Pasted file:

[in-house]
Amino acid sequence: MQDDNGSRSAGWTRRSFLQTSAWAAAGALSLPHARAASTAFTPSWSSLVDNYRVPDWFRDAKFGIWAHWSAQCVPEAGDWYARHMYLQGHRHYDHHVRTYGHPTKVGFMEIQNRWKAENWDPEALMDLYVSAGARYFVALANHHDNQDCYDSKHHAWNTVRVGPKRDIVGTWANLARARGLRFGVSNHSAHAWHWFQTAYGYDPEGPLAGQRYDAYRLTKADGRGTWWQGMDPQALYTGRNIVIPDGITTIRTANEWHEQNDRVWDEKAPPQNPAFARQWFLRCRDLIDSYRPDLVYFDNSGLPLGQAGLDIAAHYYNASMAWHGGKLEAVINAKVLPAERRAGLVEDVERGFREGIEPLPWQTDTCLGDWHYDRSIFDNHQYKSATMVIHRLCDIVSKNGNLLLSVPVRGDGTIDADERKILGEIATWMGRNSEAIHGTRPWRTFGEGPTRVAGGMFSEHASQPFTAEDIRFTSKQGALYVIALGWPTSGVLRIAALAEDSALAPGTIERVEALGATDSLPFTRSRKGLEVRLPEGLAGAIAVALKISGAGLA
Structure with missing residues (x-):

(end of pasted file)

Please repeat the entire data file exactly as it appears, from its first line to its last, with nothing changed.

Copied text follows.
[in-house]
Amino acid sequence: MQDDNGSRSAGWTRRSFLQTSAWAAAGALSLPHARAASTAFTPSWSSLVDNYRVPDWFRDAKFGIWAHWSAQCVPEAGDWYARHMYLQGHRHYDHHVRTYGHPTKVGFMEIQNRWKAENWDPEALMDLYVSAGARYFVALANHHDNQDCYDSKHHAWNTVRVGPKRDIVGTWANLARARGLRFGVSNHSAHAWHWFQTAYGYDPEGPLAGQRYDAYRLTKADGRGTWWQGMDPQALYTGRNIVIPDGITTIRTANEWHEQNDRVWDEKAPPQNPAFARQWFLRCRDLIDSYRPDLVYFDNSGLPLGQAGLDIAAHYYNASMAWHGGKLEAVINAKVLPAERRAGLVEDVERGFREGIEPLPWQTDTCLGDWHYDRSIFDNHQYKSATMVIHRLCDIVSKNGNLLLSVPVRGDGTIDADERKILGEIATWMGRNSEAIHGTRPWRTFGEGPTRVAGGMFSEHASQPFTAEDIRFTSKQGALYVIALGWPTSGVLRIAALAEDSALAPGTIERVEALGATDSLPFTRSRKGLEVRLPEGLAGAIAVALKISGAGLA
Structure with missing residues (x-):